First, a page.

My tiptoes screaming uncle, my arm stretched as high as it would possibly go but still I was forced to watch helplessly as my halyard (the line that lifts and lowers the sails) passed beyond my reach climbing up and over the pulley at the top of my mast. In a rush to clean up my boat and head off to an appointment, I neglected to tie down the most paramount line aboard and now the only way to reattach the line would be to climb to the top of the mast. I don’t have a fear of heights but I do have a fear of masts, having had to dodge falling pieces of crumbling mast earlier in my career.
I typically like to do the work on my boat myself but I thought this was a task best handled by professionals. I told my yard owner what had happened, hoping he would send someone out to reattach it for me.
“No problem, we’ll send someone right out to help you.”
Half an hour later, and late for my appointment a man by the name of Benjamin (not Ben, Benjamin) strolled onto the boat. After a brief introduction he handed me a mess of plastic pieces and lines.
“Why don’t you just go ahead and get yourself strapped in there,” said Benjamin as he handed me a harness of sorts. My stomach sank to my feet.
Any question as to who was going to be climbing the mast was eliminated. I fumbled with the harness as Benjamin looked out at the harbor. His nonchalant attitude could be misconstrued as bored and uninterested with the task at hand. With virtually no assistance in strapping myself into harness, I finally had something tied around me that looked respectable.
“How’s this look?” I asked, trying to get my new friend to focus.
“Yeah, that seems about right.”
Not really the reassuring inspection I was hoping for.
I would later learn (which seems to be how I do most of my learning) that most seasoned sailors climb their mast once or twice every season. I, of course, was not seasoned. And, if I’m being honest, the thought of being hauled up a 35-foot mast by my other halyard that spent the last few months in the trunk of my car, by a man I met minutes before scared the hell out of me. My mind raced with questions, “is the line strong enough to hold me, is the mast strong enough to hold me, is this guy strong enough to hold me and why the hell did I order a three-egg breakfast sandwich this morning?!”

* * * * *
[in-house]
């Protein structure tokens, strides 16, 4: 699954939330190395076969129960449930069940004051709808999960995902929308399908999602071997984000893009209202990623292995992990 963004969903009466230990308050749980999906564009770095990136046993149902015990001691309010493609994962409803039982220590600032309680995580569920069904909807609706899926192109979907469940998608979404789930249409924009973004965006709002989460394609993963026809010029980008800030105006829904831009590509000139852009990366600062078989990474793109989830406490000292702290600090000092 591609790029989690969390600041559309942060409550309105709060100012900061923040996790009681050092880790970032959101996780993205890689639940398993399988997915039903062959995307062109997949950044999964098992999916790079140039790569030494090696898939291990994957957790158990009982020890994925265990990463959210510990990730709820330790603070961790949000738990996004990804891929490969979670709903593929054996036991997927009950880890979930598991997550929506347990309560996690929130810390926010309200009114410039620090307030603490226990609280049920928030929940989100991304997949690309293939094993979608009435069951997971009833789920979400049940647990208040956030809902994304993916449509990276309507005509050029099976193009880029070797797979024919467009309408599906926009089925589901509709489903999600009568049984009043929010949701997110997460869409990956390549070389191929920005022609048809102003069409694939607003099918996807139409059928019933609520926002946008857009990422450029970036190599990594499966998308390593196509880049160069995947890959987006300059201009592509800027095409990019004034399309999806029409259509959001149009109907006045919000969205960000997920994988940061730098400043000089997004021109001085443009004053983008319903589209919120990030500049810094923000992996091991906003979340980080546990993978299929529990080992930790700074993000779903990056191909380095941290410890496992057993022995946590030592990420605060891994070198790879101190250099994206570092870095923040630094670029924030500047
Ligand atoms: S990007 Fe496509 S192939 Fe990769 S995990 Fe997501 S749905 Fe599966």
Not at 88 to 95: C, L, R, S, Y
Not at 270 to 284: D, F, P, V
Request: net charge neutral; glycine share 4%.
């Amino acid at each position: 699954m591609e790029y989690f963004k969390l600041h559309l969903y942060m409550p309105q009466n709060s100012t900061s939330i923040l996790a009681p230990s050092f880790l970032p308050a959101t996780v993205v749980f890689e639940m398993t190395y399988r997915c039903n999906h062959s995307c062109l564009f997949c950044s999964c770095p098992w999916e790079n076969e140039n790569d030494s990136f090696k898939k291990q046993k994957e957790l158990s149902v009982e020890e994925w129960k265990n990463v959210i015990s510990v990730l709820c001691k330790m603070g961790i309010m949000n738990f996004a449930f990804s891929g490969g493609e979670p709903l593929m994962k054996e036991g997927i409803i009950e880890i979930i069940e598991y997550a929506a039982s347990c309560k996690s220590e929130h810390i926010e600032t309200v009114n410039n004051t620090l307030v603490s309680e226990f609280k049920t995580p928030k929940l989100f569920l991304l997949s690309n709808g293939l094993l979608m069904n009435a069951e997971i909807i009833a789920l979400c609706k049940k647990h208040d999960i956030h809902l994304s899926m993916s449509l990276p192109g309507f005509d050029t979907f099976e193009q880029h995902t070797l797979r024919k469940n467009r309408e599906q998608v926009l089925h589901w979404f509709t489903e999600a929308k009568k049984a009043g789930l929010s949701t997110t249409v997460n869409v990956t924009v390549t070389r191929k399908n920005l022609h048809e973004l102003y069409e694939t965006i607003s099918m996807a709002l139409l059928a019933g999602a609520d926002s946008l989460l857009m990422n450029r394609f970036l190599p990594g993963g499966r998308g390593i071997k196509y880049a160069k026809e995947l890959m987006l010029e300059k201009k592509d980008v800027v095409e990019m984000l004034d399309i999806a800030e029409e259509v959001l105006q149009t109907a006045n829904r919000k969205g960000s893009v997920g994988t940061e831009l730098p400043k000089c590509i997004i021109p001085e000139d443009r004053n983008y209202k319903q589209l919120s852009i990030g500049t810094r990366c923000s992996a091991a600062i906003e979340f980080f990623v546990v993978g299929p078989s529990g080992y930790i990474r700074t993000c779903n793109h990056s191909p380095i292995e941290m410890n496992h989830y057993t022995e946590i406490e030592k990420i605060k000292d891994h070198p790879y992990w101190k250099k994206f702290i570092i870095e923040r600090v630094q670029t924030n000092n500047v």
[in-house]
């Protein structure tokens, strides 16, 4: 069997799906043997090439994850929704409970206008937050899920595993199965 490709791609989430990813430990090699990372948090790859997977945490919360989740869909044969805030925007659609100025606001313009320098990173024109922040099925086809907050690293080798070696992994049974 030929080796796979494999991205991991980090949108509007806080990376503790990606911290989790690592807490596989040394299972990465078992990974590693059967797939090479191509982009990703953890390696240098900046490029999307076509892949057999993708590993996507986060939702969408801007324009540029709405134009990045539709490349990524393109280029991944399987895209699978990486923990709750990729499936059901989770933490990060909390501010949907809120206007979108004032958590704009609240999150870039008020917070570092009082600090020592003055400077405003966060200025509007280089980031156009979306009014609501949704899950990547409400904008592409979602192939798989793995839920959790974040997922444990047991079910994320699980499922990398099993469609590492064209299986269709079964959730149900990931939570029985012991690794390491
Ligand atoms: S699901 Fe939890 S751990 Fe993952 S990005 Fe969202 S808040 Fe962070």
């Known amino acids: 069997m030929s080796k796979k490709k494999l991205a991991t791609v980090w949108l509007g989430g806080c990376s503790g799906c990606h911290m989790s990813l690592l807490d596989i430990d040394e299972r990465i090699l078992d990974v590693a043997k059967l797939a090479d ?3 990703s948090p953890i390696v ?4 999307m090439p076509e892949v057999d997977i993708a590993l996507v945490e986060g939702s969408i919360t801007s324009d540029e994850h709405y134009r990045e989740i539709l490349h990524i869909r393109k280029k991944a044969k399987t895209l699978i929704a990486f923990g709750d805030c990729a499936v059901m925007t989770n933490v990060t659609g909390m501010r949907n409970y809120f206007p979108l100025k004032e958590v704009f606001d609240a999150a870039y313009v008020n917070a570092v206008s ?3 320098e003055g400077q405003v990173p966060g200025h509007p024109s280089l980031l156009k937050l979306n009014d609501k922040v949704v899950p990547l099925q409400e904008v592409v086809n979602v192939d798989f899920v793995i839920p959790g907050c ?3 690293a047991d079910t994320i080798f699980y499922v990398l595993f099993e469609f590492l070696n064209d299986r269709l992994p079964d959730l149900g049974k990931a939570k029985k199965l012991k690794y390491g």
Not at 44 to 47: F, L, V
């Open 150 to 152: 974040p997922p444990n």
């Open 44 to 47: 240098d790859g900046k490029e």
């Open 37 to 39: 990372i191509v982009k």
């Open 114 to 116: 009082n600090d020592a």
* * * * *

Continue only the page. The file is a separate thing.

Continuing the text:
I tried to sound calm as I asked, “What do you want me to do, just let you pull me up the mast?”
“Well is would be a lot easier for me if you just climbed it as fast as you can,” he replied.
A former collegiate wrestler, I have done my fair share of rope climbing in practice. I never thought I’d be saying this, but I was now thankful for that experience.
With a few deep breaths I jumped onto the mast and climbed it as fast as I could. I winced as my Sperrys scuffed the varnish of my mast but I didn’t slow down. I did a pull-up on my spreaders and continued my ascent to the top all with the halyard around my shoulder. The challenging part came when I finally reached the top. At 35-feet high the boat wakes that were a minor inconvenience on deck were now a big problem. I swayed back and forth like a giant pendulum. Looking down I saw a miniature version of Karen, snapping pictures of my turmoil from her phone. If I get killed, at least it will be well documented I thought.
Ugh, crap, I looked down.
I sat atop the mast for what seemed like an hour trying to untangle the line on my shoulder and feed it through the pulley at the masthead. I’m sure the fact that I kept one hand around the mast with a death-grip didn’t help my efficiency.
I would eventually reattach the halyard and be returned to my deck. Sweating and tense, I could have taken a page from the pope’s playbook and kissed the ground.
Later that day a neighboring sailor would approach me and say, “I saw you climb the mast before. I’ve never in my life seen anyone climb a mast like that and so quickly,” she said. “I took a video of it and was showing it to my friends.” I then discovered a nautical law of nature: when a boater is in over his head, there will be a crowd of people there to watch. Know what you’re doing however and there won’t be any onlookers. Go ahead, test it out, the next time you dock perfectly despite strong winds and current there won’t be a soul around to see it.
After some time, and a couple rum drinks, the tension in my back and neck would dissipate and my hands would stop shaking. I had survived a sailing rite of passage and I was proud of that…even if there is a YouTube video out there called “monkey-man climbs mast.”